Is Your Placement Agent Legit?

I received several comments and private emails about my post on Investment Agents – Good or Bad? A colleague sent me a good follow up note adding some flesh to my comment that the ratio of charlatans to qualified agents is 100:1.  He’s asked to remain anonymous, so I thought I’d summarize his comments here – the basic message being that there are some non-trivial legal considerations for the role the placement agent plays in soliciting investors and structuring the transaction.

In general, the SEC may turn a blind-eye if the agent (or “finder”, or “banker”, “advisor”, or “scam artist”) is only working on a one-off basis and is not involved with structuring the transaction.  However, if they do it as a line of business, receive contingent compensation, or are involved with structuring transactions it can be bad news for all concerned, including increased liability for the startup if things go south.

One interesting alternative for those that only perform services for private companies is the NASD Series 82 Examination Program. It’s a little known license offered by the NASD strictly for private placements. However you still need to be affiliated with a NASD firm to take the exam and transact securities.  For the legal minded among us:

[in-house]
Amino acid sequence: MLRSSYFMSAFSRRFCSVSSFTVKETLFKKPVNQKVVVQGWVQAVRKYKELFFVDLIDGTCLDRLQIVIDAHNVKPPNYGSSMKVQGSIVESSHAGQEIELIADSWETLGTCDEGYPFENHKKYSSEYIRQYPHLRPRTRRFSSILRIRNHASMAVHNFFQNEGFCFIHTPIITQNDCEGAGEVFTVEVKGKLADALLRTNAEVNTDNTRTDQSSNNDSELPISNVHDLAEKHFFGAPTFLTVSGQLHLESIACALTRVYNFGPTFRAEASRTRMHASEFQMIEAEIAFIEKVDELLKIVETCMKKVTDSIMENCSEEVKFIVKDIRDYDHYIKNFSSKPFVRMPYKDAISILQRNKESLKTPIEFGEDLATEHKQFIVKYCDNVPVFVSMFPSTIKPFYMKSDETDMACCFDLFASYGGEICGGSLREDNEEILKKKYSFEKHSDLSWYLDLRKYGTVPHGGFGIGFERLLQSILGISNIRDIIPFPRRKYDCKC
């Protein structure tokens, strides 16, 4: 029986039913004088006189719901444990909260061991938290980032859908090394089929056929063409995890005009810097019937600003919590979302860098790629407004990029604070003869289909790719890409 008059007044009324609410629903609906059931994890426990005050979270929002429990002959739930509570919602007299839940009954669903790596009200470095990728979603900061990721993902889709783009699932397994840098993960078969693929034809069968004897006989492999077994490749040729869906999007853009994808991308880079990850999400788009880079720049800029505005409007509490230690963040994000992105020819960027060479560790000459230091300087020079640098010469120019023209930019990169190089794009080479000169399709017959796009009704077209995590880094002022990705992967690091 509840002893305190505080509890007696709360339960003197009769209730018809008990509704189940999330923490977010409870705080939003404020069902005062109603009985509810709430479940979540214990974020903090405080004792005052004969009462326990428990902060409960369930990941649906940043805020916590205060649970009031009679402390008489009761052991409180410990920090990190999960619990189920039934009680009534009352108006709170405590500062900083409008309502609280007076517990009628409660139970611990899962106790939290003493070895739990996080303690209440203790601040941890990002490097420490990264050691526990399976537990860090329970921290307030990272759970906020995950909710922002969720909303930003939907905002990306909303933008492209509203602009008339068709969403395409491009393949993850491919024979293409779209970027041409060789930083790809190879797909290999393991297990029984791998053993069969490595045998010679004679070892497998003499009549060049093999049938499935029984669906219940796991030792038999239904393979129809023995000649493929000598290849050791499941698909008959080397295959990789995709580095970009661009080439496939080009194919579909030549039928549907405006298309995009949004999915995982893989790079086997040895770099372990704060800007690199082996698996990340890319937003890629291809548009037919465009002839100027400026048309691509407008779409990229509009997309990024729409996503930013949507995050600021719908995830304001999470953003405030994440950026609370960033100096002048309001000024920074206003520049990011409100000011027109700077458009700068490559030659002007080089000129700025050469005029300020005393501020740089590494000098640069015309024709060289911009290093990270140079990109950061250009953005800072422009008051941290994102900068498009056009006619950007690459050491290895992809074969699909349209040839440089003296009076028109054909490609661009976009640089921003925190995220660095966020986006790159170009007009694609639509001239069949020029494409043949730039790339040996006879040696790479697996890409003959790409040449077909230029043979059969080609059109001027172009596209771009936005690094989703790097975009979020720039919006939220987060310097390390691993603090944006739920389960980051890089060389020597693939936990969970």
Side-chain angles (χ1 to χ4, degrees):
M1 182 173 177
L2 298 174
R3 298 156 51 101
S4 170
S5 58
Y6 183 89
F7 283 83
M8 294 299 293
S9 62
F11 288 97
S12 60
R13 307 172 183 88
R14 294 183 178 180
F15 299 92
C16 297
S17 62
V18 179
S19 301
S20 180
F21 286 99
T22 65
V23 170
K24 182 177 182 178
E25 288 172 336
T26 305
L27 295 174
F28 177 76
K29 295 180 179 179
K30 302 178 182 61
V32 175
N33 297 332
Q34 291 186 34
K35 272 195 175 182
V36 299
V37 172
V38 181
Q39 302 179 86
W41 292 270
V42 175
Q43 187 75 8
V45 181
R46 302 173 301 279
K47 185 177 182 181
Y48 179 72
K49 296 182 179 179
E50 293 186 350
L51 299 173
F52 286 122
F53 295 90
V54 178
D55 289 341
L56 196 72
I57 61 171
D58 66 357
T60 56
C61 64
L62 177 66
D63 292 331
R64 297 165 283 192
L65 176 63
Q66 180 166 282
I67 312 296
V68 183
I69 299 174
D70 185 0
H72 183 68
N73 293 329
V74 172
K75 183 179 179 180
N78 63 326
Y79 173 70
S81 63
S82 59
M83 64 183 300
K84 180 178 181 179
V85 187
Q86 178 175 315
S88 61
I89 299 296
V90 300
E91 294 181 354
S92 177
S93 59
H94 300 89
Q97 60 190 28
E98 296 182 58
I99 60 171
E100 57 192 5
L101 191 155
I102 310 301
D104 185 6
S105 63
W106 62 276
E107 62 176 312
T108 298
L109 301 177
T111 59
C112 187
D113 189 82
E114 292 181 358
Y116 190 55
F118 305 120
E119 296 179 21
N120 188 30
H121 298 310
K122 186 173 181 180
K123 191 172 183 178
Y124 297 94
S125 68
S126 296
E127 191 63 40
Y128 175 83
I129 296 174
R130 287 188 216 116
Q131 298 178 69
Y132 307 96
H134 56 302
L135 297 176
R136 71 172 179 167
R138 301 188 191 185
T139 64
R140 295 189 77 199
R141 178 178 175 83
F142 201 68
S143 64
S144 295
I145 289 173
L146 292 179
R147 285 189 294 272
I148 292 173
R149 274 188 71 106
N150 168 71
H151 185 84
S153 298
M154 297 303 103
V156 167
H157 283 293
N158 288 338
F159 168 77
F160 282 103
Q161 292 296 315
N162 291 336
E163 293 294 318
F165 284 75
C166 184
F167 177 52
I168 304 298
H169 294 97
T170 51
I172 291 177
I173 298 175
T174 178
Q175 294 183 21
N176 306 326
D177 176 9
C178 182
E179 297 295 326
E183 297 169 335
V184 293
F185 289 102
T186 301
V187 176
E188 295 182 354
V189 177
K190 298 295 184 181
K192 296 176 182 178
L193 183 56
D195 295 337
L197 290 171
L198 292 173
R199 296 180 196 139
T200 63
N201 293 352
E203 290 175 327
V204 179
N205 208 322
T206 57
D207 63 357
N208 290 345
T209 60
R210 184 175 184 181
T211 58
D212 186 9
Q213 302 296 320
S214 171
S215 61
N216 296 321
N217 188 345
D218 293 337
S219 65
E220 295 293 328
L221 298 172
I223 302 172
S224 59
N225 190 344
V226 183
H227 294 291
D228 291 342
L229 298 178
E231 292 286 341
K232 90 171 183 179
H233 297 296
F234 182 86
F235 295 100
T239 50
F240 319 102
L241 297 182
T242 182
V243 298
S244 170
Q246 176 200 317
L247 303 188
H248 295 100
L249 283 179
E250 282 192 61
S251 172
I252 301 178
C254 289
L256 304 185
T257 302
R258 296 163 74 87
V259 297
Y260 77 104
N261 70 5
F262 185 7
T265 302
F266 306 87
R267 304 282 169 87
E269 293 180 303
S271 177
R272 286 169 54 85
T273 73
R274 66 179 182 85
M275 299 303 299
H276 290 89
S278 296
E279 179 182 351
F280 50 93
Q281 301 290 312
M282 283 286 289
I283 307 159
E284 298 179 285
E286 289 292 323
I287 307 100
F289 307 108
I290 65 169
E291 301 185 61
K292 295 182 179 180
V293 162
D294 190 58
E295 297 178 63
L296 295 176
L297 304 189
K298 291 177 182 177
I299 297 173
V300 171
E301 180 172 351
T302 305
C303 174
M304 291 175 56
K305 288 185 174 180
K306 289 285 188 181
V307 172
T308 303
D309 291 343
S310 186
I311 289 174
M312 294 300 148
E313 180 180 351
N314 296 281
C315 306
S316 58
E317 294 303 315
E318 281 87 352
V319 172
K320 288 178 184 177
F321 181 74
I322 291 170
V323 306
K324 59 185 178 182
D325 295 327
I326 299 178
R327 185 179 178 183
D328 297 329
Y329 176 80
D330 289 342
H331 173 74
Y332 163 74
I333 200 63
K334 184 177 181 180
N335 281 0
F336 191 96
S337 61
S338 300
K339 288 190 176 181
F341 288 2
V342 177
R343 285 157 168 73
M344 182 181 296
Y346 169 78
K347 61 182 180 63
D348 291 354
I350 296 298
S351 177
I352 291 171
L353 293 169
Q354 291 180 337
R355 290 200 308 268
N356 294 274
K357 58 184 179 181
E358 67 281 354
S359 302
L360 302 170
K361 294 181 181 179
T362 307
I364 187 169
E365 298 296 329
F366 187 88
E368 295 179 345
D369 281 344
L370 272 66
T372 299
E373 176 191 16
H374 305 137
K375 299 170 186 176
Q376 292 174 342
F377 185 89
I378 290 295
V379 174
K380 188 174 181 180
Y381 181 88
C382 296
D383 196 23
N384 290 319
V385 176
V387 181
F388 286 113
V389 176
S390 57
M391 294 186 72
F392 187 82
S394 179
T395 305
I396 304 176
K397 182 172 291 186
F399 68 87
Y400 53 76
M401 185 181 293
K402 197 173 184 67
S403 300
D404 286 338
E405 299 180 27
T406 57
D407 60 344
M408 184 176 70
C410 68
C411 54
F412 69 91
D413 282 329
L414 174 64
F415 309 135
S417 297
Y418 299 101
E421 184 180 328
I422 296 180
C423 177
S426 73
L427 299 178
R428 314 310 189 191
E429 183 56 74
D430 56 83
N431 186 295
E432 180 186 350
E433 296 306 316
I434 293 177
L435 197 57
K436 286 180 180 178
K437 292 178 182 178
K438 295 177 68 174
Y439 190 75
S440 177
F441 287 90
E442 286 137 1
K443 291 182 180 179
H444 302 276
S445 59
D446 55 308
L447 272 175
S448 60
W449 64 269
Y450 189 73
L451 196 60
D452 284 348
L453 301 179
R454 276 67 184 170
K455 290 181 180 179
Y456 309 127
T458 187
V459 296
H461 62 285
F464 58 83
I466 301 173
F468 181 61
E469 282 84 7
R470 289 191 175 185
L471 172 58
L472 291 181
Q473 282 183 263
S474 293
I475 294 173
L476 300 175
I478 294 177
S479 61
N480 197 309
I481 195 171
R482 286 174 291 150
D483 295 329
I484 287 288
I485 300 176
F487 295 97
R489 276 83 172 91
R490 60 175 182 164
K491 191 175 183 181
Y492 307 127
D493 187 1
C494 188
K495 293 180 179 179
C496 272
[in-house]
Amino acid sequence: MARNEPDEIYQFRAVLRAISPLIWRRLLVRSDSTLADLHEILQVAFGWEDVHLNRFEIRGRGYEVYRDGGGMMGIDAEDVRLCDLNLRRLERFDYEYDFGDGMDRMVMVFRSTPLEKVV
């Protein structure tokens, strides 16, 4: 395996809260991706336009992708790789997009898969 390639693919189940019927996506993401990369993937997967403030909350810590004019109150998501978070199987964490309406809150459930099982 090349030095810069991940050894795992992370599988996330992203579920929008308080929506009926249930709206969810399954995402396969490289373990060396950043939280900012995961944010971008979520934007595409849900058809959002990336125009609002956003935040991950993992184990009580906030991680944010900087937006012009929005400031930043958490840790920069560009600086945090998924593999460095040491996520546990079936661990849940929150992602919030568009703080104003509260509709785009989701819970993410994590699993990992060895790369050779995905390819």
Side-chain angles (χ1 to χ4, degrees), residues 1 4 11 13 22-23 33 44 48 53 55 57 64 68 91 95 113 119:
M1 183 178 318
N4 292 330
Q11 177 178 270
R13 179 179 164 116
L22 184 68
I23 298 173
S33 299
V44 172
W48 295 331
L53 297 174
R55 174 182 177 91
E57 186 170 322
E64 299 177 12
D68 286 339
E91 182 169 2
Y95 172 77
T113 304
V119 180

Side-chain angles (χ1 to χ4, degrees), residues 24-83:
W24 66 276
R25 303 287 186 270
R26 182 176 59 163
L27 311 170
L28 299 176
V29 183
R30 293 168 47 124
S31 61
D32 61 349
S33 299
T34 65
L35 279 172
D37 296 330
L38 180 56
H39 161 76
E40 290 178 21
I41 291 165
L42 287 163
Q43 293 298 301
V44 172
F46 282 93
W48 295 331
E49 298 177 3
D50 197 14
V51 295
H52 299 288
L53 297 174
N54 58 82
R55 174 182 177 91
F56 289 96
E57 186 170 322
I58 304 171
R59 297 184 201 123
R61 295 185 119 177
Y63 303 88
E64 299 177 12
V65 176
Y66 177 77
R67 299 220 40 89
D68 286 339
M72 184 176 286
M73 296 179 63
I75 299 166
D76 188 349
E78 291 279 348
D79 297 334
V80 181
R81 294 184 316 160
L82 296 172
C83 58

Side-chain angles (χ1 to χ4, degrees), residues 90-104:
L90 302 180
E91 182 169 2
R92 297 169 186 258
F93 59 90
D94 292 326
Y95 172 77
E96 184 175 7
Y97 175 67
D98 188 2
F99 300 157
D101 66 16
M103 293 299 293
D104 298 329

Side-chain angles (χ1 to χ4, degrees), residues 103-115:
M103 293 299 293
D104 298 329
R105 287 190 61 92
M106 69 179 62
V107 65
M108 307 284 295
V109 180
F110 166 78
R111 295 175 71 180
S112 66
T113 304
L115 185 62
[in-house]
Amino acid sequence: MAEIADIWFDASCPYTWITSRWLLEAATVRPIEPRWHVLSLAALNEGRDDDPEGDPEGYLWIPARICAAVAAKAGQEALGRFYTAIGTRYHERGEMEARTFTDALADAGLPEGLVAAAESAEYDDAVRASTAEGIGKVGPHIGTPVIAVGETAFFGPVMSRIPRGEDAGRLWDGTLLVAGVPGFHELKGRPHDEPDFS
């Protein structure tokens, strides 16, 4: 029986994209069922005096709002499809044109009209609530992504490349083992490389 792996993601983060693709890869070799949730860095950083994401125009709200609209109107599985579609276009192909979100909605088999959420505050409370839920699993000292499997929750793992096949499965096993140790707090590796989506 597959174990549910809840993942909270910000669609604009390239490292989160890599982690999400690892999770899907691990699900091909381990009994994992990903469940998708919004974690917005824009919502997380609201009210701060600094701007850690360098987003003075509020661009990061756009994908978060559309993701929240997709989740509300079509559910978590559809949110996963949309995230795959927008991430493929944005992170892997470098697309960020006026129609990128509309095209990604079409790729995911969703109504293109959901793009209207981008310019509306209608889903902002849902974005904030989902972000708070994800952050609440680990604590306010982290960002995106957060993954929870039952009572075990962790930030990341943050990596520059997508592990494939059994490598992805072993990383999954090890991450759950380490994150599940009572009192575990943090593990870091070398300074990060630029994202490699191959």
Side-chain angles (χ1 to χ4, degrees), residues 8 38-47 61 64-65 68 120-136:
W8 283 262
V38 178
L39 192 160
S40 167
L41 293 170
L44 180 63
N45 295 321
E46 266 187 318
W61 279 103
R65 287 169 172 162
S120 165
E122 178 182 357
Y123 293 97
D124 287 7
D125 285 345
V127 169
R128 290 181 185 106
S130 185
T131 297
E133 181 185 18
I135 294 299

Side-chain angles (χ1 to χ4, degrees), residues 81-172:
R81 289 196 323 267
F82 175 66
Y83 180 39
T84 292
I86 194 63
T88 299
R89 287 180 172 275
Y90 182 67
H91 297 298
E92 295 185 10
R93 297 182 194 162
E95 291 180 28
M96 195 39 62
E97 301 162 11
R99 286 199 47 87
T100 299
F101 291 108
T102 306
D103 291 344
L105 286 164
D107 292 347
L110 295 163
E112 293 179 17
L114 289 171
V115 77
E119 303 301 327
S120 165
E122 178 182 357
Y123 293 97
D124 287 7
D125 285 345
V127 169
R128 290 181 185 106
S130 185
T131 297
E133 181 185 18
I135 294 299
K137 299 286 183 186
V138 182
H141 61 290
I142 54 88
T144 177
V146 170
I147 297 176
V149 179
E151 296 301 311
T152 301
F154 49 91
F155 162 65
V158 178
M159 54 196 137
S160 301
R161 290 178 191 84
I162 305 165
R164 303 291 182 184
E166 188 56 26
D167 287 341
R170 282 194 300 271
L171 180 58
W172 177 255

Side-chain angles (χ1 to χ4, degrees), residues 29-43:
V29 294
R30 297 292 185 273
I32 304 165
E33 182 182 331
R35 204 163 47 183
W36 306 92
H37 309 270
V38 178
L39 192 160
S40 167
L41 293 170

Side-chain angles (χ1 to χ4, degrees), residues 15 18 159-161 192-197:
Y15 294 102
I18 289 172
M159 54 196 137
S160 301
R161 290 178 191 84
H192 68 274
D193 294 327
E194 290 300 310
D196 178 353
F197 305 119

“The Series 82 examination program is proposed in connection with a proposed change to NASD Rule 1032 to implement Section 203 of the Gramm-Leach-Bliley Act of 1999 (“GLBA”), which requires the NASD, as a registered securities association, to create a new limited registration category for any associated person of a member whose investment banking and securities business is limited solely to effecting sales of private securities offerings.”

Naturally this end of the capital markets is full of gray areas.  The SEC probably wouldn’t spend much time on a VC investor complaint (we’re supposed to be sophisticated after all), but if an entrepreneur takes angel – or worse – non-accredited investment – through an unregistered placement agent they could be setting themselves up for a world of hurt.

So – if you are considering hiring an agent to help you raise money, in addition to asking for a resume, list of previously completed deals, and references, you should ask for the agent’s regulatory status.  This will help you with the charlatan:legit_dude ratio.